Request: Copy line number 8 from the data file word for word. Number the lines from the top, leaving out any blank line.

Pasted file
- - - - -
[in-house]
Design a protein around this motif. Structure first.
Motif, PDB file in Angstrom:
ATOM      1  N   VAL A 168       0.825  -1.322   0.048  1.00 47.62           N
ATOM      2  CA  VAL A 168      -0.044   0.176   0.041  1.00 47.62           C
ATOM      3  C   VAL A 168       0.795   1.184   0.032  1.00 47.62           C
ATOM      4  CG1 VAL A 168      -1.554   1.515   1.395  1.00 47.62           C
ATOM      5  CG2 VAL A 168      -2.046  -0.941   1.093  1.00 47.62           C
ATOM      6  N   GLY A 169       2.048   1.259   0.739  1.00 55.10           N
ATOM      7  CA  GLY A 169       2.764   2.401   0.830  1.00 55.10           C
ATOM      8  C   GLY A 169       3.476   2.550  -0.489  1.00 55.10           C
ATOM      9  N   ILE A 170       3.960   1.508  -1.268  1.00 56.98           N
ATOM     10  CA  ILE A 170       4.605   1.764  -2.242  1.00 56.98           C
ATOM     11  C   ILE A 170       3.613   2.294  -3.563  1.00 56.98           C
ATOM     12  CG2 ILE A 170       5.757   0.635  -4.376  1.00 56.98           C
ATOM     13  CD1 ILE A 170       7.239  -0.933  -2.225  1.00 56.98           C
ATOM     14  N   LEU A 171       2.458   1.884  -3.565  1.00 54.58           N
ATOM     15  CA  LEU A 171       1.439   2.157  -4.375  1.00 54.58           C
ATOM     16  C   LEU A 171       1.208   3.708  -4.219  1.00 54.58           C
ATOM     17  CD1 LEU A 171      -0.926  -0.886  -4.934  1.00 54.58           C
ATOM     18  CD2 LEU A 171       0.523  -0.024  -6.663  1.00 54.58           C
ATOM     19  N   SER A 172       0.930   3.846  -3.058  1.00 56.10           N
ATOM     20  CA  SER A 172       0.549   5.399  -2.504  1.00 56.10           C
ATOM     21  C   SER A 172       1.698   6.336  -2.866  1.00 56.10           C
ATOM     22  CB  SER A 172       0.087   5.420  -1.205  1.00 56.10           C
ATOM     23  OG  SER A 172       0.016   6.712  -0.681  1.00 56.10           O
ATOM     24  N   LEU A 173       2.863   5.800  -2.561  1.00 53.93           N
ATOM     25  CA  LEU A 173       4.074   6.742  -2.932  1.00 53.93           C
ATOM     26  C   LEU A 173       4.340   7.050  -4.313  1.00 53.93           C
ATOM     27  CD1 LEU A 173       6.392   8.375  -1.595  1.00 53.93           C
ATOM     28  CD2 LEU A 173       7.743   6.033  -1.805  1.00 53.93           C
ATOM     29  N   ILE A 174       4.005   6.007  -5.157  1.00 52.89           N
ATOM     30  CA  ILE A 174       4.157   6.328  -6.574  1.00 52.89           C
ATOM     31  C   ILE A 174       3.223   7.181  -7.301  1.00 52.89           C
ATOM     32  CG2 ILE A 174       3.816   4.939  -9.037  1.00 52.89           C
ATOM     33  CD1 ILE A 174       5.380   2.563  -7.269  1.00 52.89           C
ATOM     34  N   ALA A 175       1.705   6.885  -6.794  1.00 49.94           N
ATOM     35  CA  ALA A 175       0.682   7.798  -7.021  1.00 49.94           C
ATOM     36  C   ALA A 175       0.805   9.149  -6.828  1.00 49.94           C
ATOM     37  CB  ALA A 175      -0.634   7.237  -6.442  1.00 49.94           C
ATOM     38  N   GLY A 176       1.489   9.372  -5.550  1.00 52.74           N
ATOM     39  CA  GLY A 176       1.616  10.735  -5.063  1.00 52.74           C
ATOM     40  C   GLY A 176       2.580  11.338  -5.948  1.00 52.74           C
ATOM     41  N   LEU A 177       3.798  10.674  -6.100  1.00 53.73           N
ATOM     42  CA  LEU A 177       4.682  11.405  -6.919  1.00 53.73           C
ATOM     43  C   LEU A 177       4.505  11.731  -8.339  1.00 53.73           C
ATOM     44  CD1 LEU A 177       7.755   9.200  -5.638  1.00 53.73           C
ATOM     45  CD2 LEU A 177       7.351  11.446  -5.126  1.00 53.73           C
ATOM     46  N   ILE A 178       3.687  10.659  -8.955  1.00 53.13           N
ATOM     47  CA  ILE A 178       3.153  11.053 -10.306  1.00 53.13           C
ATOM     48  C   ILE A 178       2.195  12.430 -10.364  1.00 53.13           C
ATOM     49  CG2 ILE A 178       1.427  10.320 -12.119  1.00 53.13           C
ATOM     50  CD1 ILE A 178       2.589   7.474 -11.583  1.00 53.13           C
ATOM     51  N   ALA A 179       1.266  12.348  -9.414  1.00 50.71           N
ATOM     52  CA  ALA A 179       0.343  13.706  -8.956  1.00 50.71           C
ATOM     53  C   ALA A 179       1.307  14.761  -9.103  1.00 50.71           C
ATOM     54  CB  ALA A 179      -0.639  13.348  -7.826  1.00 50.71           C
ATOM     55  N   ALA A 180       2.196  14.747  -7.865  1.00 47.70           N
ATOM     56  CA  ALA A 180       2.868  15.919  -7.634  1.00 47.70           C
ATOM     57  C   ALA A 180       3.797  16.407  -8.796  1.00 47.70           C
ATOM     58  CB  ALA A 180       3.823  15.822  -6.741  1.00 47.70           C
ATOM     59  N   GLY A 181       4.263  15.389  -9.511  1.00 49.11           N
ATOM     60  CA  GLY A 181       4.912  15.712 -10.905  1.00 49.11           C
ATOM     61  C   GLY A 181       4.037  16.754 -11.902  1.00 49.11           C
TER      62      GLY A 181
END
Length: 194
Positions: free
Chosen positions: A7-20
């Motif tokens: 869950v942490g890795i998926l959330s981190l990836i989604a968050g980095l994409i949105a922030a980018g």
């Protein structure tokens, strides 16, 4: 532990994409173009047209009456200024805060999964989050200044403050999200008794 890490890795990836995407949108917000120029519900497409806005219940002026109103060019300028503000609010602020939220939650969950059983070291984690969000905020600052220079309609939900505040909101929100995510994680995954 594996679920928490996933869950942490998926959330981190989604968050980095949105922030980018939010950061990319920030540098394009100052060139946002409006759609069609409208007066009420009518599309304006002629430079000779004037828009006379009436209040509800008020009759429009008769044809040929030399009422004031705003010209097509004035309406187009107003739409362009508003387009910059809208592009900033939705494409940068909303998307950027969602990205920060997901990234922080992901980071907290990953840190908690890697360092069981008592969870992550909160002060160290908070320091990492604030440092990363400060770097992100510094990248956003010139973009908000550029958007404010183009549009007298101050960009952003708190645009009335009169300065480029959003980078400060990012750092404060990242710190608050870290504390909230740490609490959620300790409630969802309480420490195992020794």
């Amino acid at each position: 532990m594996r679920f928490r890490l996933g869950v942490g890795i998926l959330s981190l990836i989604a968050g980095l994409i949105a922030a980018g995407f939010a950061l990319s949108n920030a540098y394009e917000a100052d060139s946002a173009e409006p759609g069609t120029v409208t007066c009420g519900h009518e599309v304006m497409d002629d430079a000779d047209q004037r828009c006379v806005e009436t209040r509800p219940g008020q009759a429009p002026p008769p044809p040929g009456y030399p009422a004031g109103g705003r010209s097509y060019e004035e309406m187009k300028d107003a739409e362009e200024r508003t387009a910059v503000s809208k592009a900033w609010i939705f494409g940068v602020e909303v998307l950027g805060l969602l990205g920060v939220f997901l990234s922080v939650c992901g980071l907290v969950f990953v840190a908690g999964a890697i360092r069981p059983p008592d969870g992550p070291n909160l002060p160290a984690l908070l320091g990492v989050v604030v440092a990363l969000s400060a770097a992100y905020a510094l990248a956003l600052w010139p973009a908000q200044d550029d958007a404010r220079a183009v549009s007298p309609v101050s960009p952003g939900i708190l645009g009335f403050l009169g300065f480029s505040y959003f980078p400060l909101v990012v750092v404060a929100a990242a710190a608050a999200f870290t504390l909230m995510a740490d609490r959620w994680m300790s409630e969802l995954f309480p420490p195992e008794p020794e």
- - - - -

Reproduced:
ATOM      5  CG2 VAL A 168      -2.046  -0.941   1.093  1.00 47.62           C